As GM mentioned yesterday, the Argos Group is presenting its plans for the Hurt Home to the ANC and Old Georgetown Board next week. GM got a copy of those plans; here’s what’s in them.
The general framework of the plan is the same as it was when it was giving the public nod in the summer. Namely, the building will be converted into 15 condos. The condos will be contained within the original building and the 1924 addition (which is the part of the front facade that juts out to the east, but which looks the same as the rest of the facade). The other later additions to the back of the building will be removed. Thirty parking spaces will be constructed by adding to the existing surface lot.
Here are some new details:
Here is the plan for the parking lot. The existing lot is the light gray part and the darker gray is the proposed additions. Despite the fact they are proposing increasing parking spots by about 50%, the actual area of the lot appears to grow much less than that (particularly in the direction of the grassy area). The plan calls for the use of permeable surfaces such that the total amount of impermeable surface may be lower after the changes.
The proposal also calls for six 15′ square patios outside the ground floor condos. These would face to the east and west.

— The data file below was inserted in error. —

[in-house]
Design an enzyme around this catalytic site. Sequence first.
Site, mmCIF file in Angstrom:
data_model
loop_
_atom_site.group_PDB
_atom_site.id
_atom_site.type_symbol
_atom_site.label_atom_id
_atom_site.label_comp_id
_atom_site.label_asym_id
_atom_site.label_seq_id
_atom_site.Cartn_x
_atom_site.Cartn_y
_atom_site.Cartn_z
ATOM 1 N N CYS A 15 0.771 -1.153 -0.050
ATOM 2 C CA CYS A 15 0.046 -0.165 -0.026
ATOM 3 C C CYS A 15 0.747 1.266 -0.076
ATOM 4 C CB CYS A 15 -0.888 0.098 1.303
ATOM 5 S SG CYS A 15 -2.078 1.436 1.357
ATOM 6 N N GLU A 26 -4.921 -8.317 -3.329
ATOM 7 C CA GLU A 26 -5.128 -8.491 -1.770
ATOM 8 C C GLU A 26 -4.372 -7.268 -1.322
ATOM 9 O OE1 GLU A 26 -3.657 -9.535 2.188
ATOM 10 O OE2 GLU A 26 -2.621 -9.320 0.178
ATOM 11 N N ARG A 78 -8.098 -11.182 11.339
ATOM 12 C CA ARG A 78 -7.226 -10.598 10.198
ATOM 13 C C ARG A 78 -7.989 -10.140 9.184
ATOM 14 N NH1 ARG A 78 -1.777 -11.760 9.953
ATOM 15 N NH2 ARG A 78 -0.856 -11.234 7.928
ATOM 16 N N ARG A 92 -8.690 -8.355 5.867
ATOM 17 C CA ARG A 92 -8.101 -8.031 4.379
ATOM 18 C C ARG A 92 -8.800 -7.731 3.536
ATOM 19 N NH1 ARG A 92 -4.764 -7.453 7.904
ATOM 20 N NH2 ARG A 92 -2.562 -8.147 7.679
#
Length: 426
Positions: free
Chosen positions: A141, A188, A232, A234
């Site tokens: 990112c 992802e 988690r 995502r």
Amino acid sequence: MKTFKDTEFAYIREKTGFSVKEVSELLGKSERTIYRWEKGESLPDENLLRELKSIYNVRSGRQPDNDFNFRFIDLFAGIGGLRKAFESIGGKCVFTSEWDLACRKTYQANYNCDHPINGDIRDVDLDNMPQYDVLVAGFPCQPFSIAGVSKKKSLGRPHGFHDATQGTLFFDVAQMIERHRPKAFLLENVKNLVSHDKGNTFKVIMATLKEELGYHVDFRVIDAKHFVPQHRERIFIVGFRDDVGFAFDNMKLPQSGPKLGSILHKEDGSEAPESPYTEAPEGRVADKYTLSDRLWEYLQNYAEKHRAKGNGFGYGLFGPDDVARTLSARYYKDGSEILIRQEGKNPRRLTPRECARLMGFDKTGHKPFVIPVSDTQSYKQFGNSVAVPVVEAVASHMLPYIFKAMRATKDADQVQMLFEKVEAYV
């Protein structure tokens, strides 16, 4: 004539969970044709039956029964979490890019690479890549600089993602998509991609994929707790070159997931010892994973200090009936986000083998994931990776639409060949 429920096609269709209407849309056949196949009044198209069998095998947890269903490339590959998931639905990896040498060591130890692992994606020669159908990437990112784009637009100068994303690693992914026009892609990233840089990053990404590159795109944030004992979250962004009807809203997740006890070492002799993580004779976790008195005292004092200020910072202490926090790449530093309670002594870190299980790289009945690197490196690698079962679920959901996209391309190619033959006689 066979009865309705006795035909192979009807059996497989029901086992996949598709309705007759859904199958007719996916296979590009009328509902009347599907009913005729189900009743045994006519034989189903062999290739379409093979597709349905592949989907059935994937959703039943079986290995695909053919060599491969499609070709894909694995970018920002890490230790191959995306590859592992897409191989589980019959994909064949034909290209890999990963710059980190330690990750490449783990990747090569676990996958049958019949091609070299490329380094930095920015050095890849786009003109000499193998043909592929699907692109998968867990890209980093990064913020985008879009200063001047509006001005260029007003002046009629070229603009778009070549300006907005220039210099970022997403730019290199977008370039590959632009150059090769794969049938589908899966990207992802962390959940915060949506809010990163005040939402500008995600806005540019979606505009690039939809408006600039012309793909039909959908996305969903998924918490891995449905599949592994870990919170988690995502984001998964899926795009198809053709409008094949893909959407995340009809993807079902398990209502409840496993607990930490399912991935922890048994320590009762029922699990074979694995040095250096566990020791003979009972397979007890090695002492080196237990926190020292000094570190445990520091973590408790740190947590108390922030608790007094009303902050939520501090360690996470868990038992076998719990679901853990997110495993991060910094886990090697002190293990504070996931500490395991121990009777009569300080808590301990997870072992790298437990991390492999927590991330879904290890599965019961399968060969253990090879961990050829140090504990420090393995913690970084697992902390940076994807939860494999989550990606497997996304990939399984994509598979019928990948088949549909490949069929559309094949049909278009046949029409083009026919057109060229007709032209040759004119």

The proposal also gives us a first glimpse at what the floor plan may look like. It appears that each condo will be two floors with atriums. The lower condos will occupy the basement and the first floor. The upper condos will occupy the second story and the attic. Just eyeballing it, GM thinks the lower condos look at bit bigger than the upper condos, plus the ceilings on the first floor are quite high (looks like 13′).
So it’s a bit of a trade off. Live in the lower condos and you get a patio and cathedral ceilings. Live in the upper condos and you get a great view of the park and no sounds of footsteps upstairs. From GM’s experience, the lower condos will be the expensive ones.
All in all, some pretty nice digs. The price that has been mentioned in public meetings is somewhere in the $800k range, but it could end up lower than that.